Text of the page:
Trout Talk

Winter blues, cabin fever and Appalachian envy

April is the cruelest month, breeding

Lilacs out of the dead land, mixing

Memory and desire, stirring

Dull roots with spring rain.

—T.S. Elliot

It’s still cold and gray here in the steppe country of eastern Idaho. Snow still covers the yard. Snow is still in the immediate forecast. Winter’s not done yet. Not even close. 

It’s March. And March, to counter T.S. Elliot’s depressing opening stanza of “The Waste Land,” is really the cruelest month. Come April, we’ll get a reprieve. Yeah, we’ll still get snow. It’ll still be cold, sometimes miserably so. But April, at the very least, offers hope. 

But March? No. March is brutal. March is hopeless. 

And that hopelessness takes its toll. Call it the winter blues or cabin fever … experts call it Seasonal Affective Disorder. For me … I just call it envy.

It might be my worst vice, particularly this time of year. This is when I turn my attention east to Appalachia, where, for my friends living in the Southeast, March is a month of potential and, often, about realizing it. If they squint really hard among the sweet gums and the water oaks of the bottom lands, they can see a tinge of green. The sun is warmer. The skies are bluer. The dogwoods and the redbuds are about to burst. The brookies are already looking up.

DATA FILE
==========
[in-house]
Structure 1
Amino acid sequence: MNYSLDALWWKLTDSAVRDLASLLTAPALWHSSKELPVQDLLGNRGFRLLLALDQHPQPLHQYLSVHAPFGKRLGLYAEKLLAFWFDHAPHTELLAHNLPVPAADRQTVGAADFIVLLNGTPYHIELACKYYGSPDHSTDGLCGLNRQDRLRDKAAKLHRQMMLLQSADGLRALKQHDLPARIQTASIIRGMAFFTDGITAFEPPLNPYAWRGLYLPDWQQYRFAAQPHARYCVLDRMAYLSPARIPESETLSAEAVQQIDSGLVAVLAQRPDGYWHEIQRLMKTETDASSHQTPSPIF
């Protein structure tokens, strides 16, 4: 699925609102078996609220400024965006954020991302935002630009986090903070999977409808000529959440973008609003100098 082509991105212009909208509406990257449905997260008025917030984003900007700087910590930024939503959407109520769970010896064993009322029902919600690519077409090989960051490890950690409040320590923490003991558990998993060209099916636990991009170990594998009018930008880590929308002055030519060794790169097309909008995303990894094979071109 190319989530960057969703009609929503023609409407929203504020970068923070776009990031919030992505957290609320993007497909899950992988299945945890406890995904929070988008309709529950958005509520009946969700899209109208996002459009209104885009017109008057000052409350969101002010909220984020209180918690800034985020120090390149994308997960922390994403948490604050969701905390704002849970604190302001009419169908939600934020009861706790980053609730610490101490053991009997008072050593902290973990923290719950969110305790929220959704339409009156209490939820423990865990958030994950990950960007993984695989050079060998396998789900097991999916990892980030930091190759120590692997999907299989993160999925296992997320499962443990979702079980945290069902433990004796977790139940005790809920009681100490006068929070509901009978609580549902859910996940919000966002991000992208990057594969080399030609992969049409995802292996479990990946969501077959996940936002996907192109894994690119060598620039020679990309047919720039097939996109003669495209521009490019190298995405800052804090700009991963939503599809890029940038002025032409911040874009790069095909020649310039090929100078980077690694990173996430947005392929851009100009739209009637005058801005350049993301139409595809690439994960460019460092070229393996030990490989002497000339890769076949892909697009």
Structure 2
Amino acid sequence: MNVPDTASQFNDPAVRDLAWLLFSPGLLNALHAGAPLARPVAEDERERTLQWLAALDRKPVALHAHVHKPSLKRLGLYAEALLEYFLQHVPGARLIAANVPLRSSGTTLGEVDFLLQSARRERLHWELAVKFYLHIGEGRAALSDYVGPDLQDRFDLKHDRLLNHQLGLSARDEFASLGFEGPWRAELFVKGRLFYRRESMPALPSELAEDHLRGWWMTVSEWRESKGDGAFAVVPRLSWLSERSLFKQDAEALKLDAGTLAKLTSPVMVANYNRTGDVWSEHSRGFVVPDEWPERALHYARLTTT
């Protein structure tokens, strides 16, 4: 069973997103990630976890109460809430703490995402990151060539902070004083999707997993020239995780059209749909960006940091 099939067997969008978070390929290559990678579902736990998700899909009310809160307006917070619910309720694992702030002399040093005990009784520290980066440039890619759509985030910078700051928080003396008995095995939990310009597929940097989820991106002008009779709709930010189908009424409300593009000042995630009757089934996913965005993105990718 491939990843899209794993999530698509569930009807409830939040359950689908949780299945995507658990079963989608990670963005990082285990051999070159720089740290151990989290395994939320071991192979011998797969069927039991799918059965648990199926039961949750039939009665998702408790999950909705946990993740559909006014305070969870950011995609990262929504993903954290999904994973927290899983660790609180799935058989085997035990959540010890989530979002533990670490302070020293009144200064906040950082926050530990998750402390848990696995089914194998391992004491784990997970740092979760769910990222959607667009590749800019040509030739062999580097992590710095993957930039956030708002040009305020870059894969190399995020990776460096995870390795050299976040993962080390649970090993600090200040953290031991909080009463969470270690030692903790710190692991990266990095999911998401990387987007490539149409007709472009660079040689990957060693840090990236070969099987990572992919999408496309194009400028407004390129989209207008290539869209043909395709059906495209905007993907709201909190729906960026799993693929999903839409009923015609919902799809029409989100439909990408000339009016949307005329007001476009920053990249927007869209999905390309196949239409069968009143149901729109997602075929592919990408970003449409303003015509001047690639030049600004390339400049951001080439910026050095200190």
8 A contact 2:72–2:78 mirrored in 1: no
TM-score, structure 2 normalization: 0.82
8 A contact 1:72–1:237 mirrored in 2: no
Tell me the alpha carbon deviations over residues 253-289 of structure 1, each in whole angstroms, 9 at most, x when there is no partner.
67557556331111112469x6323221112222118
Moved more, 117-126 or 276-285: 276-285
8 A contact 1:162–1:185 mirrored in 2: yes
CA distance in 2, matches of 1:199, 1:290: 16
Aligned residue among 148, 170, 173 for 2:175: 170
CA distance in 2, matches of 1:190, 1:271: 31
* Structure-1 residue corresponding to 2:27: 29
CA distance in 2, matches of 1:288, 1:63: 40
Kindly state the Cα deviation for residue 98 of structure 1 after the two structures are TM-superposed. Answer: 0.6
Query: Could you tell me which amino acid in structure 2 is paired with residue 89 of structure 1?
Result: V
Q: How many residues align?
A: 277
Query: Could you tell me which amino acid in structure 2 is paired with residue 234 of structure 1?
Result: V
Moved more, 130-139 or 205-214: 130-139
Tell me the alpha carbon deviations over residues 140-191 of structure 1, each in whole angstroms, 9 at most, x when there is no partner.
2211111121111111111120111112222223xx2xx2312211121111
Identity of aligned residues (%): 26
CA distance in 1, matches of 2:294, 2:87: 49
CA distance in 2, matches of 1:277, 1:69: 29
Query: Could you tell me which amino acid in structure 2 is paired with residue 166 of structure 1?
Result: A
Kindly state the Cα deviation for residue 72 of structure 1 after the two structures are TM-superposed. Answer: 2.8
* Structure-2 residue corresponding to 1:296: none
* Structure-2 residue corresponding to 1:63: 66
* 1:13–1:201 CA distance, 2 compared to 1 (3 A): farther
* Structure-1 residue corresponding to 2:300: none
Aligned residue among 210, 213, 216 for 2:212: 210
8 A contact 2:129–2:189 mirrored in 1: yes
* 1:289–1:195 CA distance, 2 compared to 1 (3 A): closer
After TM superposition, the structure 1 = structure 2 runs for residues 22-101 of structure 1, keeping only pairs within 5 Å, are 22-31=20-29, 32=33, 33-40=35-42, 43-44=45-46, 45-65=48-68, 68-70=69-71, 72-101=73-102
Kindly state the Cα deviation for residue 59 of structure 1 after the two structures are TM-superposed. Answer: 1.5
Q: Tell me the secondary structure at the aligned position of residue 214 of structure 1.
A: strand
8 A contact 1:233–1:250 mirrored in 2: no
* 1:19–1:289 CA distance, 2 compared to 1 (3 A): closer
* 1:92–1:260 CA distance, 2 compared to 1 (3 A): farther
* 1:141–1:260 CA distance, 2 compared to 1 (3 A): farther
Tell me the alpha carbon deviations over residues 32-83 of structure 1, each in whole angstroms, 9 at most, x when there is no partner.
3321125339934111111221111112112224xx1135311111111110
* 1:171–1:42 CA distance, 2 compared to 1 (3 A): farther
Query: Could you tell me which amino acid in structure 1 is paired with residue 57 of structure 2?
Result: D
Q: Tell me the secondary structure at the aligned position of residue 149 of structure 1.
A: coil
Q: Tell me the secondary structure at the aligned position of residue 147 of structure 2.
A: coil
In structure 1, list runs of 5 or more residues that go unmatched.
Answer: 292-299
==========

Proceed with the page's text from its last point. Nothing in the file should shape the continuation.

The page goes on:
Always looking up. TOP: Dogwoods in bloom. Chris Hunt photos.

For those folks, April might be ideal. Hell, they can wet-wade in April. 

Maybe by April, I’ll be able to walk and wade the lower Henry’s Fork without having to post-hole my way to the river through thigh-deep snow. Maybe. 

But back East, where the snow is probably gone for the year and the Appalachians are basking under the spring sun, it’s on. On warm days, wild and native brook trout will happily charge a high-floating indicator dry. Water levels are good. Temperatures are ideal. It’s a place where spring really does happen. 

And I want in on it. In a few weeks, I might just make it happen — nothing like a little cross-country jaunt, camper in tow, to shake off the Rocky Mountain winter with a dose of chicken-fried fishing where the grass is already green and, I suspect, where a few air conditioners might kick on here pretty quick.

It doesn’t help, of course, to be living during the era of COVID, when getting out there requires more thought and planning than might otherwise be necessary. And a cross-country trip, of course, would be an exercise in forced self-isolation.

But, like I said. It’s March. The month of envy. The cruelest month.

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